I looked down at the cool, metal container in my hand, thinking that it couldn't possibly contain enough rice to go round—especially if Dr Banner transformed into the Hulk—but Tony Stark assured me that the rice was a very special form of genetically modified rice invented by Stark Industries, and that there would be plenty enough for all. So, I headed off to the kitchen to make a start on the paella. And then I woke up.

Our superheroes eating

I don't think helping Tony Stark to cook paella for his super-hero friends and S.H.I.E.L.D. colleagues quite qualifies me for enrolment in the Avengers Initiative, but I do now at least know what my own super-hero name is:

The truth is, I am Rice Man.

A Lidl touch of glamour

The glamour has gone out of supermarkets.

—Prof. Jeremy Baker
ESCP Business School, Oct 2014

Prof. Baker pretty much hits the nail on the head, here: what modern supermarkets most certainly lack is glamour.

When I pulled up at Sainsbury's last week, would it really have been too much to ask for the foreign gentlemen in the car park who offered to wash my car to have worn something a bit more glamorous than damp-looking, brown overalls? Sequins, perhaps, or maybe even a top-hat. Furthermore, within the store itself, I can't help thinking they missed a golden opportunity recently when they installed new spotlights in the bananas section. Would a chandelier or two really have been all that out of place? And as for Deidre on the checkout: a very nice lady, I'm sure, but I reckon someone more of the calibre of Scarlett Johansson, say, or Cate Blanchett, might add a certain je ne sais quoi.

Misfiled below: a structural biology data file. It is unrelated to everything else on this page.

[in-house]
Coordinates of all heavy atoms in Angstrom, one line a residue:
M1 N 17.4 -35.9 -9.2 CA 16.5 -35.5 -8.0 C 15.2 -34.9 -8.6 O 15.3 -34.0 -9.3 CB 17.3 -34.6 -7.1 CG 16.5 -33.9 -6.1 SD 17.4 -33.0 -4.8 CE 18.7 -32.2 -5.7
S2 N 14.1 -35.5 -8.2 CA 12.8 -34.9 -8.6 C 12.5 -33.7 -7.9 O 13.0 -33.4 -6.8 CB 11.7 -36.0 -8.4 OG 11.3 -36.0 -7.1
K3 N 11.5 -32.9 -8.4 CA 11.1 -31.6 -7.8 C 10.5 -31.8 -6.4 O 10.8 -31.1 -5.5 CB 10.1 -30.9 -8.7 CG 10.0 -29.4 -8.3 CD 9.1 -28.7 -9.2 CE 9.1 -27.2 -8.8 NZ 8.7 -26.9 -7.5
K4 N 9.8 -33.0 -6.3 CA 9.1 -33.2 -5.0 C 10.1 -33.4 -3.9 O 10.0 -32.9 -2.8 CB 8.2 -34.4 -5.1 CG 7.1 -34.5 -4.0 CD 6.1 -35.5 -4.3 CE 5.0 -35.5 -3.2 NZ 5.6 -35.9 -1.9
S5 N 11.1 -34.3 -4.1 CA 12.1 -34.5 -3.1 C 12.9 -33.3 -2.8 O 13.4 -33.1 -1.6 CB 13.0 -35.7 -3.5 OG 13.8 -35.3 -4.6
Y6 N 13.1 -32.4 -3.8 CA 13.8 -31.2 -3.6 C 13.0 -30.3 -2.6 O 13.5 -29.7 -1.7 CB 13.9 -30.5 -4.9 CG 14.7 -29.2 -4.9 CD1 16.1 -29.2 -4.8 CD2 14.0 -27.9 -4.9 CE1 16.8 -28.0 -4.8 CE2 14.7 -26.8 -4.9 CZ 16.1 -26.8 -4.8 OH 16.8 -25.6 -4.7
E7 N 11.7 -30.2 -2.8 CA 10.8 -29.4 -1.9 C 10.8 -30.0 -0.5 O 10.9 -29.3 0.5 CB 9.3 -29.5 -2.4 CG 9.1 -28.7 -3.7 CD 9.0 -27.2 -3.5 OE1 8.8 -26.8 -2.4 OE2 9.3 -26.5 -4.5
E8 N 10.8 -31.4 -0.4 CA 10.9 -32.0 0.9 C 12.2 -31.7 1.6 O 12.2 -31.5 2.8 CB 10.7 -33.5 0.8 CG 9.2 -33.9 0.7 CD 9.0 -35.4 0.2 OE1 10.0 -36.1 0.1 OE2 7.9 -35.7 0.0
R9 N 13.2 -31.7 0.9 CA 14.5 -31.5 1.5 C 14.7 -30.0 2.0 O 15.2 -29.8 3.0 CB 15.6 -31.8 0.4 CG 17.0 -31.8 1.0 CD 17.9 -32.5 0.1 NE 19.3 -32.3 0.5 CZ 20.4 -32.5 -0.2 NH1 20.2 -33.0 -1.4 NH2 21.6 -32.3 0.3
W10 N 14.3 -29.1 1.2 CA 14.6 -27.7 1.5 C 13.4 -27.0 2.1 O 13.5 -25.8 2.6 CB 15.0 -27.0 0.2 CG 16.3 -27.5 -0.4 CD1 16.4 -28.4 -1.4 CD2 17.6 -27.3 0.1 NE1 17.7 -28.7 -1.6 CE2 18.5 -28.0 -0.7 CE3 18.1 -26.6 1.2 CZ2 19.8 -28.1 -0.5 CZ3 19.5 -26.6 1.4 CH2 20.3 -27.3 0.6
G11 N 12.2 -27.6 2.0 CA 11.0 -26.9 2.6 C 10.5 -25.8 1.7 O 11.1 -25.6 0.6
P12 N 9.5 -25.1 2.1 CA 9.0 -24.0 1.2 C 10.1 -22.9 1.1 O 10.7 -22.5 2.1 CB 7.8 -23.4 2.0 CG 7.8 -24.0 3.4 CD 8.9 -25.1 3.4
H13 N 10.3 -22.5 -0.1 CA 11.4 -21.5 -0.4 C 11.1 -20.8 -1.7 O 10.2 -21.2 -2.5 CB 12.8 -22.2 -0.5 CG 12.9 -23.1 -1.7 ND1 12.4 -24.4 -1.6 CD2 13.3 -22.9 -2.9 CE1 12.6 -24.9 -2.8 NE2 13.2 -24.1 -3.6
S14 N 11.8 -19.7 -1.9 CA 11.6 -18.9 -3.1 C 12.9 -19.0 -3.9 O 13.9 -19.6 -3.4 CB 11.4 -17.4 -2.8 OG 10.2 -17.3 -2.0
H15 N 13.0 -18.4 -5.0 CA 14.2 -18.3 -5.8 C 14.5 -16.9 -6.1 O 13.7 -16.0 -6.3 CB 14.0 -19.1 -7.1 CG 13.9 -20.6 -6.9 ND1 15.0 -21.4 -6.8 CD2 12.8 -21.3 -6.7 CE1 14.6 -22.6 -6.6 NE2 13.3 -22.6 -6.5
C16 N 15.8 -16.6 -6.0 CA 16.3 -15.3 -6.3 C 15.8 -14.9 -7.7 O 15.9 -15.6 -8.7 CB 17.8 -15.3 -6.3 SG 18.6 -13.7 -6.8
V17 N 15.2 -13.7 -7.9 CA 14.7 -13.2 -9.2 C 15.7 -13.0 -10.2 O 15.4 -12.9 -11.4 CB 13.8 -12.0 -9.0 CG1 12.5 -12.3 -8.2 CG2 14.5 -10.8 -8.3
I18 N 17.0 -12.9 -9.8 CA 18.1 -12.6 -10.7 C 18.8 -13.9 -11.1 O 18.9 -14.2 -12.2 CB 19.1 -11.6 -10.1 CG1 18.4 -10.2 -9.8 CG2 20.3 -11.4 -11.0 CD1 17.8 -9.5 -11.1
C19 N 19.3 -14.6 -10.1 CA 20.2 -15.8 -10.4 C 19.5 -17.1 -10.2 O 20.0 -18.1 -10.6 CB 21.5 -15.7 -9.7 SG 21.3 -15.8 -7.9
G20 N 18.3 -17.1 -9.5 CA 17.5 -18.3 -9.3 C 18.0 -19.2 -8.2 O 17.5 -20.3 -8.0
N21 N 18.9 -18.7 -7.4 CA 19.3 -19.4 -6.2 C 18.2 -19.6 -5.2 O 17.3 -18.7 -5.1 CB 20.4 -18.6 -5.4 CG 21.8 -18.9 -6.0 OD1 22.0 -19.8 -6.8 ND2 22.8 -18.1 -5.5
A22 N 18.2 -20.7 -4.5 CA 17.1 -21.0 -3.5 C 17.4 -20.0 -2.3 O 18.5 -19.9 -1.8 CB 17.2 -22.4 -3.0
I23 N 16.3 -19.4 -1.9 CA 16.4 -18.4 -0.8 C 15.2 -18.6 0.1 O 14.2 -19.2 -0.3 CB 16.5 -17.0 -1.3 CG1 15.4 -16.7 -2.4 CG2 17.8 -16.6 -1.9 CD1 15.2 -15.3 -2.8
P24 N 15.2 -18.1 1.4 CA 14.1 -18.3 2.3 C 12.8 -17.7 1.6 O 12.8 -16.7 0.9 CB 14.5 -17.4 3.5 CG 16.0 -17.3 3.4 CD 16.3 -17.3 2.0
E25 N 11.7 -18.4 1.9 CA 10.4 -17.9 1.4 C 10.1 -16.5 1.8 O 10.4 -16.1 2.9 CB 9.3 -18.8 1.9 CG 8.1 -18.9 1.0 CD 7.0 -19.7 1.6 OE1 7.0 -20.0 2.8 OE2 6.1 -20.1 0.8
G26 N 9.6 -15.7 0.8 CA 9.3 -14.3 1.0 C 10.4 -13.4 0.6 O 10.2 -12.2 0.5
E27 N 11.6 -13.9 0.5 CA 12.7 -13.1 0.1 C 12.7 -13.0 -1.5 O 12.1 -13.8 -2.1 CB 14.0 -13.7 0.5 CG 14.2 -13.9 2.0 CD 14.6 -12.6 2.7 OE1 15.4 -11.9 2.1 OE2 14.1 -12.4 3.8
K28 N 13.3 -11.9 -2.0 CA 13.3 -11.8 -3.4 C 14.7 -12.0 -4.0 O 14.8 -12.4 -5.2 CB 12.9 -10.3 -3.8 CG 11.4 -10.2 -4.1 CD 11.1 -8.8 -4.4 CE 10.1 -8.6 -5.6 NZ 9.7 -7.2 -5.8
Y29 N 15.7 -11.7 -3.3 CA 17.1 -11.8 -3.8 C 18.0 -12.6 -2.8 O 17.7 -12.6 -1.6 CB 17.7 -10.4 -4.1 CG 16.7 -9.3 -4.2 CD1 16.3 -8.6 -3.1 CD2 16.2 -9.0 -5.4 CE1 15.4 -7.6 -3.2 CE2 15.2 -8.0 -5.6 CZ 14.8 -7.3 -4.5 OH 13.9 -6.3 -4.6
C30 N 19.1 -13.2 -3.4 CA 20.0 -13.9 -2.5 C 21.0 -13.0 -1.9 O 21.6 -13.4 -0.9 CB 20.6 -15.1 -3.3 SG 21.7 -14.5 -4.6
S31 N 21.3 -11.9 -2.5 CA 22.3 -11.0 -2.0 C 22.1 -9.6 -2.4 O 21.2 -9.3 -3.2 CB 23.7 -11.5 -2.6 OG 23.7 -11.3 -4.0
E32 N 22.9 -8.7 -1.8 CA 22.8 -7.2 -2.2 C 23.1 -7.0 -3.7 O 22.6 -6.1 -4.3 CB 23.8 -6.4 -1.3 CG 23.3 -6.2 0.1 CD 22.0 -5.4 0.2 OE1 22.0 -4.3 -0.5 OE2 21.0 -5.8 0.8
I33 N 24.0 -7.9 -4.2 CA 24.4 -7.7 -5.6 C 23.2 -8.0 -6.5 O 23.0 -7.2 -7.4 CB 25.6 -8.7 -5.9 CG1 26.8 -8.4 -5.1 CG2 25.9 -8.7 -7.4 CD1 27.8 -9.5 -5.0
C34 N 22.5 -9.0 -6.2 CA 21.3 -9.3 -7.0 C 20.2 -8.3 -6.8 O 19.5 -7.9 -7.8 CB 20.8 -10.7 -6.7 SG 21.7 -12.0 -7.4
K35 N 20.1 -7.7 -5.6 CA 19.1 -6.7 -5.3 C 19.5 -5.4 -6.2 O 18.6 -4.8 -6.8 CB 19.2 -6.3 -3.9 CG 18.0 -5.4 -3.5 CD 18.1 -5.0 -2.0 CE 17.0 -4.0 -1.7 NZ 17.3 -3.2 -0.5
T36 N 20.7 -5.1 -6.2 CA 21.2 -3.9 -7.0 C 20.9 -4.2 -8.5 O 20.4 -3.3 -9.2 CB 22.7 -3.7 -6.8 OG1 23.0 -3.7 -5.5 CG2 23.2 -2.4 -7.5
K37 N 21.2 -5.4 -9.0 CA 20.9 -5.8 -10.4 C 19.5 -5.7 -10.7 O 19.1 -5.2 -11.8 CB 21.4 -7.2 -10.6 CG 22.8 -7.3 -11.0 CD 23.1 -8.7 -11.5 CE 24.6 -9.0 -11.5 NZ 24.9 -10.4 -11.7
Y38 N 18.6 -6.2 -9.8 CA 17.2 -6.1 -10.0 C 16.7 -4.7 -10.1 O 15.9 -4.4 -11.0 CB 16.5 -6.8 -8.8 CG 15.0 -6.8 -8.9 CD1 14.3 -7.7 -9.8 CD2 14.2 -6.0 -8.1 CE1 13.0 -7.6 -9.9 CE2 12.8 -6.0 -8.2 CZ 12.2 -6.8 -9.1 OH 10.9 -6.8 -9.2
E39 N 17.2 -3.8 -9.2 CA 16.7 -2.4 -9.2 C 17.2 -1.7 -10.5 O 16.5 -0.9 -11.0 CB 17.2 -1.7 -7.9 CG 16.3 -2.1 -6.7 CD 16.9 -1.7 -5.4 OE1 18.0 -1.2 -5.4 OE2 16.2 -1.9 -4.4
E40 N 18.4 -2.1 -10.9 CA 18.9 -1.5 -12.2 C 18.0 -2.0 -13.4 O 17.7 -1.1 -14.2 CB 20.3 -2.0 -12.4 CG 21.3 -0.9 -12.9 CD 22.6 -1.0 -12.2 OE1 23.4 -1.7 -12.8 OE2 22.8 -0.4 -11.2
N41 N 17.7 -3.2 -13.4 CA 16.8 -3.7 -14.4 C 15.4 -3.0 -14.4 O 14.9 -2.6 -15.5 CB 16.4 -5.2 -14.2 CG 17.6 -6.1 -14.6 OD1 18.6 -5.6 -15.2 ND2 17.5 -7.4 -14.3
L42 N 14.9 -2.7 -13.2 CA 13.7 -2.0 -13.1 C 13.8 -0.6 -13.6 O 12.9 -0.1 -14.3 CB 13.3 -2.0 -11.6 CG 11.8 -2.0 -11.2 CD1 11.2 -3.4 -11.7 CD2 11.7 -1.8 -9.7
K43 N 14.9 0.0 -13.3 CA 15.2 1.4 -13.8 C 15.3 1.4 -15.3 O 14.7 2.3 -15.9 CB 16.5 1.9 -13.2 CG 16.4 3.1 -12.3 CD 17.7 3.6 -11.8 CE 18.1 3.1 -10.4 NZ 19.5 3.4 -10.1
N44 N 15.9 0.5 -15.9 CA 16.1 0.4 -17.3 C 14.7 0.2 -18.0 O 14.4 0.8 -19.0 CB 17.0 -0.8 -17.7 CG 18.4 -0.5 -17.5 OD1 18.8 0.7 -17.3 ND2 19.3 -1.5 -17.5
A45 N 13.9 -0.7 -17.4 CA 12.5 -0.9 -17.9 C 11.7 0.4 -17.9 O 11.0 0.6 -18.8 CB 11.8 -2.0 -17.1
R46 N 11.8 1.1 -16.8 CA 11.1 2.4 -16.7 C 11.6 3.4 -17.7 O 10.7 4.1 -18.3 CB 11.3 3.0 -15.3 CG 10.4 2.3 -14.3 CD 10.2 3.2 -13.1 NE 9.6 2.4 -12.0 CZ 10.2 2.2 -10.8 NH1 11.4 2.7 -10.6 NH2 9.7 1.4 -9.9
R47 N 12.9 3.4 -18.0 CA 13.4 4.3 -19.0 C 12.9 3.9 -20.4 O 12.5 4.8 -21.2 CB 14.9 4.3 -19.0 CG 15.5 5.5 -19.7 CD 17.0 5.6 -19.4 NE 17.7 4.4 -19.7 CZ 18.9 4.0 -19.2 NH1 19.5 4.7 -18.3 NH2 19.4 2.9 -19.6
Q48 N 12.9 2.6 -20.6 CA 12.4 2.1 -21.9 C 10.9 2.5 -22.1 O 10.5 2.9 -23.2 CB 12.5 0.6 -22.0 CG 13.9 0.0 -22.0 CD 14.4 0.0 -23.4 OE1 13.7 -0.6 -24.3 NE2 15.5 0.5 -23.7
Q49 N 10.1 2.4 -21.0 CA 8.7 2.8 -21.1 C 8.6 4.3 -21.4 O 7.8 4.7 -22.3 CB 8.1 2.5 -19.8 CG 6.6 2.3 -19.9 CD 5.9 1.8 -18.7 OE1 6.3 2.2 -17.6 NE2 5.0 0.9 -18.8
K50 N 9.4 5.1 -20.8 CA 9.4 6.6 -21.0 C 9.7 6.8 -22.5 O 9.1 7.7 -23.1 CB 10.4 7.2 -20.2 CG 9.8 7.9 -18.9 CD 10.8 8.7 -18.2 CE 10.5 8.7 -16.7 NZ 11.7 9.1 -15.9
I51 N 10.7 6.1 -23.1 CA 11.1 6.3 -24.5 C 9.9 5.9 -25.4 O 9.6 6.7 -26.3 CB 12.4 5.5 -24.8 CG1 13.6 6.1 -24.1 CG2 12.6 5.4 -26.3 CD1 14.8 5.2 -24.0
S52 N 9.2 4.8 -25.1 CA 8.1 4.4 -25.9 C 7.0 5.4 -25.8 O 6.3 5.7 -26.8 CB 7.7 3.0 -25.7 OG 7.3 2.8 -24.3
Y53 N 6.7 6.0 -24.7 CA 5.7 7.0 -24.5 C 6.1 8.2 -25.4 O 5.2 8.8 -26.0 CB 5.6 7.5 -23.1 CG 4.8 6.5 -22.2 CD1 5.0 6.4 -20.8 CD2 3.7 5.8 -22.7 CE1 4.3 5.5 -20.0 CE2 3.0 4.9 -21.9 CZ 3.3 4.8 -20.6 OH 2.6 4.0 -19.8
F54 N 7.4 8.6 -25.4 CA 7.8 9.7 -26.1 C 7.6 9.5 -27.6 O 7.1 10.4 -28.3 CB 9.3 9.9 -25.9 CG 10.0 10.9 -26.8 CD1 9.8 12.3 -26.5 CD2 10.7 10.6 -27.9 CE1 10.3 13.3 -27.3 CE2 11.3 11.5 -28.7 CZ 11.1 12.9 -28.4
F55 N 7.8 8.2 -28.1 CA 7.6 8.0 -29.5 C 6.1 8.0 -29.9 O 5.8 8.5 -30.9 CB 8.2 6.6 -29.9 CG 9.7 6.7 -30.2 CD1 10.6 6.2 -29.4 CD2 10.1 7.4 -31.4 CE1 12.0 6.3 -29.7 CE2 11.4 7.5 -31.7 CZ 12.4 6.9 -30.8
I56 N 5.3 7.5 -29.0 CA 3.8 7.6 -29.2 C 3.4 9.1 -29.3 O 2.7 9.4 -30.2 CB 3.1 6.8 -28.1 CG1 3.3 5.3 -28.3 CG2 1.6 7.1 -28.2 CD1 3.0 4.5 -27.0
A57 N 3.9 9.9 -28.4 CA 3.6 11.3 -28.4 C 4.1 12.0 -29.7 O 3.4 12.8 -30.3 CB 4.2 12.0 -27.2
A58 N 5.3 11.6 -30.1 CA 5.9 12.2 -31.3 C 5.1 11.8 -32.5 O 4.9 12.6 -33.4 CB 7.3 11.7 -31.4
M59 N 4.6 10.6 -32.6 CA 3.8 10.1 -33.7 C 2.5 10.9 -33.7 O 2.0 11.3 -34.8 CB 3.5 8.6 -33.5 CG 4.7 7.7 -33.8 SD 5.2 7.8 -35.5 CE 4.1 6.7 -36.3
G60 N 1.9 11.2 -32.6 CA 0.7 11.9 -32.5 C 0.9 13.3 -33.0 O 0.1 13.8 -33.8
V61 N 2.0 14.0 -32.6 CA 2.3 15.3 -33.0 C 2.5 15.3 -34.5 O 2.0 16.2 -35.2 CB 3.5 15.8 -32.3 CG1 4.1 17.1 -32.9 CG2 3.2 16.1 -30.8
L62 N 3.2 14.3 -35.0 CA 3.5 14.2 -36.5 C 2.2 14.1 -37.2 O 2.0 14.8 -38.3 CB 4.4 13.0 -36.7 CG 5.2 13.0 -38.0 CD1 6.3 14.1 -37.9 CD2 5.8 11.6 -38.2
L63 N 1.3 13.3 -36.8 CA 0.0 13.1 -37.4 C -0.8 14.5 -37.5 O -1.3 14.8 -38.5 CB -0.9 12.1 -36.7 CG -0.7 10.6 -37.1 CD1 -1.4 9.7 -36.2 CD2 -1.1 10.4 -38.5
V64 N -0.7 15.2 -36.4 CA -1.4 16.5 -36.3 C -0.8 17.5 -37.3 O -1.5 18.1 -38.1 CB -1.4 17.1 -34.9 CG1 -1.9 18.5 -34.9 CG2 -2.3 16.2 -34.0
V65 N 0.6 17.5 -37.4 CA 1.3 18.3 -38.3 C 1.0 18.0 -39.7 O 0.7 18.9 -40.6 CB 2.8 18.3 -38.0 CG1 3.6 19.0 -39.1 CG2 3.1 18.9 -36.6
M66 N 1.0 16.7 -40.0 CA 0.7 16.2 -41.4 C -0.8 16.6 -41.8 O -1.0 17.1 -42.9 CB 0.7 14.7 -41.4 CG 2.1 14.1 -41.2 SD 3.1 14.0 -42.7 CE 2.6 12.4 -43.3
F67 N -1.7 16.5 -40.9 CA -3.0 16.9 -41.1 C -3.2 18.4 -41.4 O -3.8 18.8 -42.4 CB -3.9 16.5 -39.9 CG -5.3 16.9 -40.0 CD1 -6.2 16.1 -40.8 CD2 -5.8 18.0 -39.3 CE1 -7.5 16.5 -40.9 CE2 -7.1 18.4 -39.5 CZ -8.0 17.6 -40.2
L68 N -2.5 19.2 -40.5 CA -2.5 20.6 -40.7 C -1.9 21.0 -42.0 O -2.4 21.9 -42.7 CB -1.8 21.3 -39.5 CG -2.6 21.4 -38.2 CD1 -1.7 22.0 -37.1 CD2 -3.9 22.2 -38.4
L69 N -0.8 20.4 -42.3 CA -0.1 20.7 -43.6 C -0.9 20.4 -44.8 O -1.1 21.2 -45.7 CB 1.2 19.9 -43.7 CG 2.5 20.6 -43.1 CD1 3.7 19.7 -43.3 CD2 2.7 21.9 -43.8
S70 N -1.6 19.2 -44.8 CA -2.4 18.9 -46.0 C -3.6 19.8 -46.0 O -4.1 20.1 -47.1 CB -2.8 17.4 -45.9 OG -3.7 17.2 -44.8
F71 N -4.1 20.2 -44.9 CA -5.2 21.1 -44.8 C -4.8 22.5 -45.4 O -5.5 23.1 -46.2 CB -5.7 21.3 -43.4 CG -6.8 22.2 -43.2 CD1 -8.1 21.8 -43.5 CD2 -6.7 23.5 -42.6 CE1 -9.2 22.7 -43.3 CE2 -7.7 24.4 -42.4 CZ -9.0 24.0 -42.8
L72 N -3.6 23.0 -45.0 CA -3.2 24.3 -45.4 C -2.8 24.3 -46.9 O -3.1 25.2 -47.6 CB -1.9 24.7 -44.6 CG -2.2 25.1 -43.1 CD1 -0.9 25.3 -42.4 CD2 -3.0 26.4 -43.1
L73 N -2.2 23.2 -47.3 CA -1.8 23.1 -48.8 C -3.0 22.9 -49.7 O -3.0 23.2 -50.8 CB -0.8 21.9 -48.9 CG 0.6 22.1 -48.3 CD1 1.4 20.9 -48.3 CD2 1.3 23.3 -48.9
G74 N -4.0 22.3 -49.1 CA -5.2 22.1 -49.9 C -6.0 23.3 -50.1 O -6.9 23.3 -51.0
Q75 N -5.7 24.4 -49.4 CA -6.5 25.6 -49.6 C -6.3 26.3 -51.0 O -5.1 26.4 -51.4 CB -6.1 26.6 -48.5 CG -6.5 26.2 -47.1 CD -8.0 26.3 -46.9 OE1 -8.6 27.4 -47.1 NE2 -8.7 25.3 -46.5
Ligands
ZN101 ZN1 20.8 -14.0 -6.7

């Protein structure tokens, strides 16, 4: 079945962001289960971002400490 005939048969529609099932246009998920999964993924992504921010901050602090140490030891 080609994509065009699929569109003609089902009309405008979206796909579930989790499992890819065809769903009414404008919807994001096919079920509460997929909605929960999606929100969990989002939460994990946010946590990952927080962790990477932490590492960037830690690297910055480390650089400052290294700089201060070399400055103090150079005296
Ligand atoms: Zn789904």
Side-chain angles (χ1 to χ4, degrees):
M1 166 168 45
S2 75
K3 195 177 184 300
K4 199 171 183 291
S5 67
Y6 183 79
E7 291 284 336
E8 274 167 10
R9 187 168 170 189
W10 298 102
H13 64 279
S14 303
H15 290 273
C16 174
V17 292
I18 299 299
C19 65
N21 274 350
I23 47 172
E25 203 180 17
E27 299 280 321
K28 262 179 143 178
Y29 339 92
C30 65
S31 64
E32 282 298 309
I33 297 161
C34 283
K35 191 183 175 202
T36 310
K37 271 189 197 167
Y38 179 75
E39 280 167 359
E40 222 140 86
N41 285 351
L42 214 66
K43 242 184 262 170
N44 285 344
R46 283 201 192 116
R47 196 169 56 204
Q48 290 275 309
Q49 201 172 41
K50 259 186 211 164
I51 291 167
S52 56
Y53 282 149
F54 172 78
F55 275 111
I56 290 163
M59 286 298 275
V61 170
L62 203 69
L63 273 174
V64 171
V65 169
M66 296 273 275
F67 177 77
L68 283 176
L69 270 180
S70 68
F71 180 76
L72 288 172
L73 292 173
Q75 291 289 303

Carte Blanch

Sainsbury's new checkout lady?

Of course, where the supermarkets really missed a trick was at George Clooney's wedding last week. A civil ceremony in Venice is all well and good, but I'm sure, for the right financial incentive, the star of Ocean's Eleven would have been just as happy to lead his blushing bride down the Home Baking aisle at the Dewsbury branch of Lidl.

Tesco and Sainsbury's are in a bit of a mess at the moment. Put me in charge, and I'll soon add a touch of Hollywood sparkle.